This group has a clear message they want to convey. It is undeniable because it is written in the piece and uses popular culture symbols.
Too niche, too you, overpriced, not commercial, no talent, your art won’t sell… Are some of the messages displayed on “The Art Critic” by “cryptoPOM”. The piece speaks for itself, as all of the Chilean-Scottish crypto artists’ creations. She has amazed over 18,000 followers on Twitter and is the most famous creator on the whole list.
My style is heavily influenced by graphic novel design and pop art, always revolving around portraiture-- I love creating narratives based around a character, and trying to explore either social and political themes using people as my focus.
Some might find this piece funny, while others will find it offensive. Both are positive outcomes from the creator’s perspective. With Virgen Maria 1.0, the Mexican artist brings one of the most iconic elements from Latinamerican and Hispanic culture into the metaverse. That is right, the mother of Jesus in pixel art!
More Than Real, Hyperreal
The artist in this category has a gift to bring characters from another world into ours.
Hyperrealism is how Sebastian Lillo Guzman names his style, and there isn’t a better name. In Leapoar’s Dream, a leopard poses with a scarf, perfect lightning, and stunning crystal blue eyes. I’ve got the feeling this particular NFT could be a staple in a nondistant future. One of those pieces that everyone has seen at some point in their life.
The Digital Collages
I love digital collages! And who doesn’t? That is why I’ve written about a couple of digital collage artists in the past, like City Scape by NobodyKnws.Me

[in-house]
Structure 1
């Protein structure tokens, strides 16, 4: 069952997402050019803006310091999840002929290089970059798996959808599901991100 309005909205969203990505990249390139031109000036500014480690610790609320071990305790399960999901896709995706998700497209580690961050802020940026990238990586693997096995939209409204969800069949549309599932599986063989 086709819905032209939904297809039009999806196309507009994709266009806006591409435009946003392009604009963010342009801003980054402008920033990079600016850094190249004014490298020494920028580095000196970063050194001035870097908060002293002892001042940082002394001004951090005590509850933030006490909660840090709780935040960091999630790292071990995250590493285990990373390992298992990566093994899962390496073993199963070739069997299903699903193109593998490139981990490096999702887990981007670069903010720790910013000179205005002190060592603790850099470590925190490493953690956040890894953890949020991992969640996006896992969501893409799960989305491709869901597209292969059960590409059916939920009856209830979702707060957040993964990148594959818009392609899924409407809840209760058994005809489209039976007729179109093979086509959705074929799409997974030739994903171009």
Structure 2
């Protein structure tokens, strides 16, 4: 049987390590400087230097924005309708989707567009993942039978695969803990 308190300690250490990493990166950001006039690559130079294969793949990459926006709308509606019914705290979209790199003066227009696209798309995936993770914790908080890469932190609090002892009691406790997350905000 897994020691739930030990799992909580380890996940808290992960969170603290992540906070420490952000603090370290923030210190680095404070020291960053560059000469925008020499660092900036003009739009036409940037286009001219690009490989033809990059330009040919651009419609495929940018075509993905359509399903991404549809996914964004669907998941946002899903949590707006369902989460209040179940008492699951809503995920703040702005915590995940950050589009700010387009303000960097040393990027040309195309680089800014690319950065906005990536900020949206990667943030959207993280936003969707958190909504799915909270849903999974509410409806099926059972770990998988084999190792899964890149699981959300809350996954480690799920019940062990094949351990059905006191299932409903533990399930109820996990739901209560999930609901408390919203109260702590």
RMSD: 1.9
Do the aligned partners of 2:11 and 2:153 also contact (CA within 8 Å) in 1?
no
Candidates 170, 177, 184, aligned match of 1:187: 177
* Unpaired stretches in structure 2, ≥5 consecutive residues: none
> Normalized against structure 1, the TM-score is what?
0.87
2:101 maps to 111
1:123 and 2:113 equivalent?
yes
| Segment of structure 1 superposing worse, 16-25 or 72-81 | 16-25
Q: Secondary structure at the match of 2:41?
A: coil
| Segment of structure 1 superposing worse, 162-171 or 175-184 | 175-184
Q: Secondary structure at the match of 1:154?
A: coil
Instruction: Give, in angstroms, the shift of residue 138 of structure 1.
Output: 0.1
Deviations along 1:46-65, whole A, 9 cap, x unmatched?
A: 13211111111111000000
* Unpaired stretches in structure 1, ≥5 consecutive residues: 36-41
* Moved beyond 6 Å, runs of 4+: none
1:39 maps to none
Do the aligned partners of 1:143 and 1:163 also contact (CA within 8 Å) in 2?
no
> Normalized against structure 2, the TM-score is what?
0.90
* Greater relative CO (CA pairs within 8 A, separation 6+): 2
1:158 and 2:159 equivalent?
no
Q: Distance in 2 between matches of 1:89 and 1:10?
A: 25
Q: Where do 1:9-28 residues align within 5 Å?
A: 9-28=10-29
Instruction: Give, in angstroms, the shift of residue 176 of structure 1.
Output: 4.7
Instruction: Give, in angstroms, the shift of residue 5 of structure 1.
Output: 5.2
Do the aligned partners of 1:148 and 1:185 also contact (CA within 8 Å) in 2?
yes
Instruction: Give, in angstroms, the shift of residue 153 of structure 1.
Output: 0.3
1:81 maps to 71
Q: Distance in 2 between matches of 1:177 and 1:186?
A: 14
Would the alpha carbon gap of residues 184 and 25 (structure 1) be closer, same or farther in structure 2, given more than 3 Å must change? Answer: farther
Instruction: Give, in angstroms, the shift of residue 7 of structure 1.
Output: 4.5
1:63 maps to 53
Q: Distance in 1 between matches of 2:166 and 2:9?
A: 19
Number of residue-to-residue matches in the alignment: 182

Gabriel Mello, aka “_tmist”, is the first NFT creator who gets featured twice in my newsletter. Maybe I am biased? Probably, since my first collected NFT is Gabriel’s genesis. Read the story here. Nevertheless, more collectors have noticed the Brazilian's talent, and a couple of months after entering the crypto space, he has made some solid sales. That is the case for “The Traveller”, who sold a couple of days after being listed. The sun continues to be _tmist’s trademark signature, right at the center of “The Traveller”.
We have come to the last piece. It is one of those you can stare at for a long time, trying to figure out what the heck is going on here. The Argentian known as Panter Xhita or “PXhita” creates fantastic collages that will open your mind. She aims to archive two things with her art, an identity and a story that combines all her creations. Her second aim makes “not every octopus is a Kraken” even more complex to decipher, as it is part of a bigger story.
Life seems immortal: it flourishes even if we spill it.
But not alive technology larks on the horizon, and beware, because life might be helpless.
Remember: not every octopus is a Kraken.
I had a blast discovering and exploring the new wave of Latinamerican and Hispanic crypto artists. I hope you enjoyed this list as much as I did research and writing about them. I admit that leaving gifted artists out was hard, and I look forward to including more of them in future editions.
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Check out these cool drops from other crypto artists.
Who is your favorite Latin American and Hispanic artist? I’d love to read your comments!
Until next week,